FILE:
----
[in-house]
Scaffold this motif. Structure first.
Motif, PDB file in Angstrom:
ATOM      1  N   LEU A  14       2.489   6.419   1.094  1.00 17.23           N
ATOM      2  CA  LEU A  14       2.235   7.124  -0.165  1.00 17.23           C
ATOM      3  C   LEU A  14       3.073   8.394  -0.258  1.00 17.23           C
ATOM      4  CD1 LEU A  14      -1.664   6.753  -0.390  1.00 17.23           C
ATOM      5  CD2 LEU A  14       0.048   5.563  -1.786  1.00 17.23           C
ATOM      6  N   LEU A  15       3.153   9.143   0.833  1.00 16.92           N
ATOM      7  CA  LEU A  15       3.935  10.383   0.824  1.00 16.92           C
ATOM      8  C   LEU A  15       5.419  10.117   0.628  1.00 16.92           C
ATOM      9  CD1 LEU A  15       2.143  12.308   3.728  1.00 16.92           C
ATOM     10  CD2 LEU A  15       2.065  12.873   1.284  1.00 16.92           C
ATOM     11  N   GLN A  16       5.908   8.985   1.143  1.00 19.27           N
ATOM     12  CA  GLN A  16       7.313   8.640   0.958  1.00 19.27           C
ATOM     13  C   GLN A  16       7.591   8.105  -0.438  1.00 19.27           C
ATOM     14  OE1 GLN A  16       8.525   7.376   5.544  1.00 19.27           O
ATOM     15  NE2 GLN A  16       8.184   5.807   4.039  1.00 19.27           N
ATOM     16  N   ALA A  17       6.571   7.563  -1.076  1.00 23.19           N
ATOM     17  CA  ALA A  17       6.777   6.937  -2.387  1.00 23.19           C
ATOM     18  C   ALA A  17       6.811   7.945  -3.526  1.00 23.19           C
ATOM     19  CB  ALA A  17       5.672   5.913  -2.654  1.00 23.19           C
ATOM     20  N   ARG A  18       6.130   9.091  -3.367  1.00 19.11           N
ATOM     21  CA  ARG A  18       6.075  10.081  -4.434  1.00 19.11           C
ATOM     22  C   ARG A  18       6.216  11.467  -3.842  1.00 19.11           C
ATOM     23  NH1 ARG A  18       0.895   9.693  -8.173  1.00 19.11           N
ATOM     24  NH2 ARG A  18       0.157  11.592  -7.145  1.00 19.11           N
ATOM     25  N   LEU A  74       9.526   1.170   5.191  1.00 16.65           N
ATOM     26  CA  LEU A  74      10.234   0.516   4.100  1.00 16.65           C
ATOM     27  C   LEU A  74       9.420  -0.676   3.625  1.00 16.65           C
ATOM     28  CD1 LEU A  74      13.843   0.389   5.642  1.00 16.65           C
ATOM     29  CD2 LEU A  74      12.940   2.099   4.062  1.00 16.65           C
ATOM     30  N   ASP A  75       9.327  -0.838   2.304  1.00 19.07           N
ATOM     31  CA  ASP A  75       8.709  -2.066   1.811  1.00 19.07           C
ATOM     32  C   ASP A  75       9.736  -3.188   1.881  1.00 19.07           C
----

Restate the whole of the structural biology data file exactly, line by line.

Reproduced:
[in-house]
Scaffold this motif. Structure first.
Motif, PDB file in Angstrom:
ATOM      1  N   LEU A  14       2.489   6.419   1.094  1.00 17.23           N
ATOM      2  CA  LEU A  14       2.235   7.124  -0.165  1.00 17.23           C
ATOM      3  C   LEU A  14       3.073   8.394  -0.258  1.00 17.23           C
ATOM      4  CD1 LEU A  14      -1.664   6.753  -0.390  1.00 17.23           C
ATOM      5  CD2 LEU A  14       0.048   5.563  -1.786  1.00 17.23           C
ATOM      6  N   LEU A  15       3.153   9.143   0.833  1.00 16.92           N
ATOM      7  CA  LEU A  15       3.935  10.383   0.824  1.00 16.92           C
ATOM      8  C   LEU A  15       5.419  10.117   0.628  1.00 16.92           C
ATOM      9  CD1 LEU A  15       2.143  12.308   3.728  1.00 16.92           C
ATOM     10  CD2 LEU A  15       2.065  12.873   1.284  1.00 16.92           C
ATOM     11  N   GLN A  16       5.908   8.985   1.143  1.00 19.27           N
ATOM     12  CA  GLN A  16       7.313   8.640   0.958  1.00 19.27           C
ATOM     13  C   GLN A  16       7.591   8.105  -0.438  1.00 19.27           C
ATOM     14  OE1 GLN A  16       8.525   7.376   5.544  1.00 19.27           O
ATOM     15  NE2 GLN A  16       8.184   5.807   4.039  1.00 19.27           N
ATOM     16  N   ALA A  17       6.571   7.563  -1.076  1.00 23.19           N
ATOM     17  CA  ALA A  17       6.777   6.937  -2.387  1.00 23.19           C
ATOM     18  C   ALA A  17       6.811   7.945  -3.526  1.00 23.19           C
ATOM     19  CB  ALA A  17       5.672   5.913  -2.654  1.00 23.19           C
ATOM     20  N   ARG A  18       6.130   9.091  -3.367  1.00 19.11           N
ATOM     21  CA  ARG A  18       6.075  10.081  -4.434  1.00 19.11           C
ATOM     22  C   ARG A  18       6.216  11.467  -3.842  1.00 19.11           C
ATOM     23  NH1 ARG A  18       0.895   9.693  -8.173  1.00 19.11           N
ATOM     24  NH2 ARG A  18       0.157  11.592  -7.145  1.00 19.11           N
ATOM     25  N   LEU A  74       9.526   1.170   5.191  1.00 16.65           N
ATOM     26  CA  LEU A  74      10.234   0.516   4.100  1.00 16.65           C
ATOM     27  C   LEU A  74       9.420  -0.676   3.625  1.00 16.65           C
ATOM     28  CD1 LEU A  74      13.843   0.389   5.642  1.00 16.65           C
ATOM     29  CD2 LEU A  74      12.940   2.099   4.062  1.00 16.65           C
ATOM     30  N   ASP A  75       9.327  -0.838   2.304  1.00 19.07           N
ATOM     31  CA  ASP A  75       8.709  -2.066   1.811  1.00 19.07           C
ATOM     32  C   ASP A  75       9.736  -3.188   1.881  1.00 19.07           C